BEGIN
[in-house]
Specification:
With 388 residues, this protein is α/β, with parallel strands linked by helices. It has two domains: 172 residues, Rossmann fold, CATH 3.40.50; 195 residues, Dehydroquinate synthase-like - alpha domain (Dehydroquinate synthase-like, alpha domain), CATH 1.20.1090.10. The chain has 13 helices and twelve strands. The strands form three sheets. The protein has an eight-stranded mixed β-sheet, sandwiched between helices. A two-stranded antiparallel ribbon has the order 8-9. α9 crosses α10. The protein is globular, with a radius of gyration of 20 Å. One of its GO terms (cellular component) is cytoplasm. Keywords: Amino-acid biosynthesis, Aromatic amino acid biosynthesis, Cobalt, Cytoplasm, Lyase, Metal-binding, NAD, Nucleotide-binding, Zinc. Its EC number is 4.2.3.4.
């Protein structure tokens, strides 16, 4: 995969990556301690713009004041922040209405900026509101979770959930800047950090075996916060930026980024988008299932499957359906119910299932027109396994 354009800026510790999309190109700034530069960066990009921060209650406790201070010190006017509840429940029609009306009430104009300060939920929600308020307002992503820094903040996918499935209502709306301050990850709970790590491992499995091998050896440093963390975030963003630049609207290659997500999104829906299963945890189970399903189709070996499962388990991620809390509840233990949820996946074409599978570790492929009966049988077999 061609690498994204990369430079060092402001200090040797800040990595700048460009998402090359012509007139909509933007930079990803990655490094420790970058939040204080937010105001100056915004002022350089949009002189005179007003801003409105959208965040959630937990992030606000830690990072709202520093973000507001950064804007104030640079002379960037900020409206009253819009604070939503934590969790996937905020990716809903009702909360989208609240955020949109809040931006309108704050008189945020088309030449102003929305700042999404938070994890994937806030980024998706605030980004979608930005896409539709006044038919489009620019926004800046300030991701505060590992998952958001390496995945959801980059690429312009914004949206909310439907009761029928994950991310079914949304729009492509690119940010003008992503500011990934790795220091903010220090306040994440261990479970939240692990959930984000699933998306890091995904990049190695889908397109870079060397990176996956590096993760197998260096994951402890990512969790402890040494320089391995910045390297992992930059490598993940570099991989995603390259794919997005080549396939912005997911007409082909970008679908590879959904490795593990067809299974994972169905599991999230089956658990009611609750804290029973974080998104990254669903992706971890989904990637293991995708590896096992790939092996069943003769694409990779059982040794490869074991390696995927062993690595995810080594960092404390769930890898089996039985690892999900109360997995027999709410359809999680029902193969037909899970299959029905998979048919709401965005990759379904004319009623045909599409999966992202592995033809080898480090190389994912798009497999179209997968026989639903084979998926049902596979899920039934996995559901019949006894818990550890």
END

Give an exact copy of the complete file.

[in-house]
Specification:
With 388 residues, this protein is α/β, with parallel strands linked by helices. It has two domains: 172 residues, Rossmann fold, CATH 3.40.50; 195 residues, Dehydroquinate synthase-like - alpha domain (Dehydroquinate synthase-like, alpha domain), CATH 1.20.1090.10. The chain has 13 helices and twelve strands. The strands form three sheets. The protein has an eight-stranded mixed β-sheet, sandwiched between helices. A two-stranded antiparallel ribbon has the order 8-9. α9 crosses α10. The protein is globular, with a radius of gyration of 20 Å. One of its GO terms (cellular component) is cytoplasm. Keywords: Amino-acid biosynthesis, Aromatic amino acid biosynthesis, Cobalt, Cytoplasm, Lyase, Metal-binding, NAD, Nucleotide-binding, Zinc. Its EC number is 4.2.3.4.
């Protein structure tokens, strides 16, 4: 995969990556301690713009004041922040209405900026509101979770959930800047950090075996916060930026980024988008299932499957359906119910299932027109396994 354009800026510790999309190109700034530069960066990009921060209650406790201070010190006017509840429940029609009306009430104009300060939920929600308020307002992503820094903040996918499935209502709306301050990850709970790590491992499995091998050896440093963390975030963003630049609207290659997500999104829906299963945890189970399903189709070996499962388990991620809390509840233990949820996946074409599978570790492929009966049988077999 061609690498994204990369430079060092402001200090040797800040990595700048460009998402090359012509007139909509933007930079990803990655490094420790970058939040204080937010105001100056915004002022350089949009002189005179007003801003409105959208965040959630937990992030606000830690990072709202520093973000507001950064804007104030640079002379960037900020409206009253819009604070939503934590969790996937905020990716809903009702909360989208609240955020949109809040931006309108704050008189945020088309030449102003929305700042999404938070994890994937806030980024998706605030980004979608930005896409539709006044038919489009620019926004800046300030991701505060590992998952958001390496995945959801980059690429312009914004949206909310439907009761029928994950991310079914949304729009492509690119940010003008992503500011990934790795220091903010220090306040994440261990479970939240692990959930984000699933998306890091995904990049190695889908397109870079060397990176996956590096993760197998260096994951402890990512969790402890040494320089391995910045390297992992930059490598993940570099991989995603390259794919997005080549396939912005997911007409082909970008679908590879959904490795593990067809299974994972169905599991999230089956658990009611609750804290029973974080998104990254669903992706971890989904990637293991995708590896096992790939092996069943003769694409990779059982040794490869074991390696995927062993690595995810080594960092404390769930890898089996039985690892999900109360997995027999709410359809999680029902193969037909899970299959029905998979048919709401965005990759379904004319009623045909599409999966992202592995033809080898480090190389994912798009497999179209997968026989639903084979998926049902596979899920039934996995559901019949006894818990550890």